MARGARET O’Rourke was installed as mayor for an historic third term this week, but in the end, her election came down to chance.
In the final round of voting, the piece of paper containing Cr O’Rourke’s name was pulled out of the ballot box, ahead of fellow mayoral aspirant, Whipstick ward councillor Andrea Metcalf.
Chief executive Craig Niemann’s selection of the other piece of paper at last Monday’s election would have resulted in a change of mayor.
The Bendigo Weekly can reveal voting at the mayoral election was conducted over many rounds at the end of which votes for Cr O’Rourke and Cr Metcalf were tied, four each.
There are nine councillors able to vote, but George Flack excused himself from voting in the process.
Cr Flack declared a conflict of interest because he employs Cr Metcalf in his business outside of council.
Mr Craig Niemann yesterday confirmed the order of events, but he declined to name the councillors involved.
He said the process of electing mayor had been in place for as long as he had been at the council and probably before that.
“We have a process in place that is agreed to by all the councillors at the start so that helps clarify that if things go certain ways, then we have a process to follow up rather than just making it up on the run,” Mr Niemann said yesterday.
“There are obviously people who are disappointed when they don’t become mayor, but it is great that there are four councillors interested in wanting to become mayor, that is very healthy.”
He said the election process started the week before the actual vote, when councillors were invited to nominate their interest in becoming either mayor or deputy mayor.
“We invite them to make a presentation to the rest of the councillors and we invite questions from other councillors,” Mr Niemann said.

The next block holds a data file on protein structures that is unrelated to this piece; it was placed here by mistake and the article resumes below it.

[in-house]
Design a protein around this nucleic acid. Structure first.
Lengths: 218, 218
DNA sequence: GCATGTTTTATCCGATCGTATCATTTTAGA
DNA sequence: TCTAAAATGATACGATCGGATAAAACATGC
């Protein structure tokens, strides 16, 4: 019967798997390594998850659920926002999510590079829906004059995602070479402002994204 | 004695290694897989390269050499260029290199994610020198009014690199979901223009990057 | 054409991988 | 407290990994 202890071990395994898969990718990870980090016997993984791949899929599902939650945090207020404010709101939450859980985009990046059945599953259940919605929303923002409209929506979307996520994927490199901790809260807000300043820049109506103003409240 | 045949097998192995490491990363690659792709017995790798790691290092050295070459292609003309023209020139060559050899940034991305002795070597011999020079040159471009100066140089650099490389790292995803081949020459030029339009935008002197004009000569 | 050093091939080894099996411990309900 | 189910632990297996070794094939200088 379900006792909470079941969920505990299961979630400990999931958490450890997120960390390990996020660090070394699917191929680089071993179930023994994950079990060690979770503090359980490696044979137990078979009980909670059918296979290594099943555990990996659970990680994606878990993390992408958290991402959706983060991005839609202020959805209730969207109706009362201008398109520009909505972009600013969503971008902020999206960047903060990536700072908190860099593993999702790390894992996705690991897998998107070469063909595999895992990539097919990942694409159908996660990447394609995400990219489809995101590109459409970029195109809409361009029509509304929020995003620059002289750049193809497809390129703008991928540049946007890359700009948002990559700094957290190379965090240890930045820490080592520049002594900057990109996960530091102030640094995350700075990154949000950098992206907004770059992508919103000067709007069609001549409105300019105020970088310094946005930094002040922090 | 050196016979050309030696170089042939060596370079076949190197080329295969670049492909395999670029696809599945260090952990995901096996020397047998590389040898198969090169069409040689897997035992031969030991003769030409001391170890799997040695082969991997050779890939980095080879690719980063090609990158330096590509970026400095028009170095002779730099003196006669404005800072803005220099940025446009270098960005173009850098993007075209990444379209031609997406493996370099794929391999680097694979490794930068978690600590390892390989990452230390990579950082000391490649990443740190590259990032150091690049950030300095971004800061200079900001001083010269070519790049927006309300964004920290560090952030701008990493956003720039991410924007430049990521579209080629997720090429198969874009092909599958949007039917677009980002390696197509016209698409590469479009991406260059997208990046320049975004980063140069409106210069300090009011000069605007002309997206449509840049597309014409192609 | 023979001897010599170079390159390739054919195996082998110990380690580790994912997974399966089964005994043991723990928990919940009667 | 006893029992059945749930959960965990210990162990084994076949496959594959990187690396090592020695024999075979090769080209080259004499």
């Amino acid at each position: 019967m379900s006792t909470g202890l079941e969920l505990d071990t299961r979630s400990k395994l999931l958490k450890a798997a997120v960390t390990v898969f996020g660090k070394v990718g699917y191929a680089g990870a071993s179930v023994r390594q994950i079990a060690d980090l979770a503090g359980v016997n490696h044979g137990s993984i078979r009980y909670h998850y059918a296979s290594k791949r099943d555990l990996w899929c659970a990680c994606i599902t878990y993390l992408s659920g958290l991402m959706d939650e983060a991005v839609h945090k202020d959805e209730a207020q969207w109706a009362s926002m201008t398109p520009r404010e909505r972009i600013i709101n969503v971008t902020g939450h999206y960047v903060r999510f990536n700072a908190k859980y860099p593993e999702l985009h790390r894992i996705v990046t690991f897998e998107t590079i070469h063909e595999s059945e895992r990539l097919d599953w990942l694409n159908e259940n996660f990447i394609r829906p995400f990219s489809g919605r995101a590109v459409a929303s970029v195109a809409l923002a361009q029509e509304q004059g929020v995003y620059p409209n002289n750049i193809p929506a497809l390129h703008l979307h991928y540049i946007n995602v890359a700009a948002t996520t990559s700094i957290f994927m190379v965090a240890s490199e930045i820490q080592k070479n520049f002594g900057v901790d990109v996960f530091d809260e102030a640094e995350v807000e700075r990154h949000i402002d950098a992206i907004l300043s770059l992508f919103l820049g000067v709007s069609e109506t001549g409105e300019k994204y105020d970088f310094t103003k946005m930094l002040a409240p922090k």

“We did that two weeks ago, and let it sit for a week.”
At the election, director for corporate performance Andrew Cooney was present and responsible for governance and Mr Niemann was appointed the returning officer.
At this point, councillors declared any conflict of interest and abstained from voting.
Voting is by secret ballot and if no councillor has a majority, the councillor with the least votes is eliminated.
Rounds of voting continued at last week’s vote until Cr O’Rourke and Cr Metcalf emerged as the last two contenders.
“There was a vote, there was equal number of votes, we asked them to vote again… equal number of votes and then we go through a process of putting the two names in the ballot box, and I draw a name from the ballot box as the person who will be mayor-elect,” Mr Niemann said.
“We don’t say publicly who comes second, third or fourth.”
At a media conference after the election, mayor-elect Margaret O’Rourke said she wanted to see the completion of projects started since 2016. She had campaigned on the platform of continuity for council.
She also included waste as an issue that needed addressing in the coming years, an issue Cr Metcalf has made her own, including during her election to the council two years ago.
At the mayoral installation on Tuesday, Cr O’Rourke’s speech included references to council embracing different points of view and making difficult decisions.
“The past 12 months have see council made a number of difficult decisions, not every decision we make will be popular, but it is our responsibility to be courageous and visionary in our decision making, ensuring under the Local Government Act we make decisions for the whole municipality,” she said.
“The community continue to comment about the importance of stability in the council, and how we have handled ourselves in the term thus far, they are particularly appreciative of the positive governance that this council demonstrates, and our healthy respect for different views and opinions.
“I think this is more valued in recent times when it appears to have been lost in federal government.”
– Sharon Kemp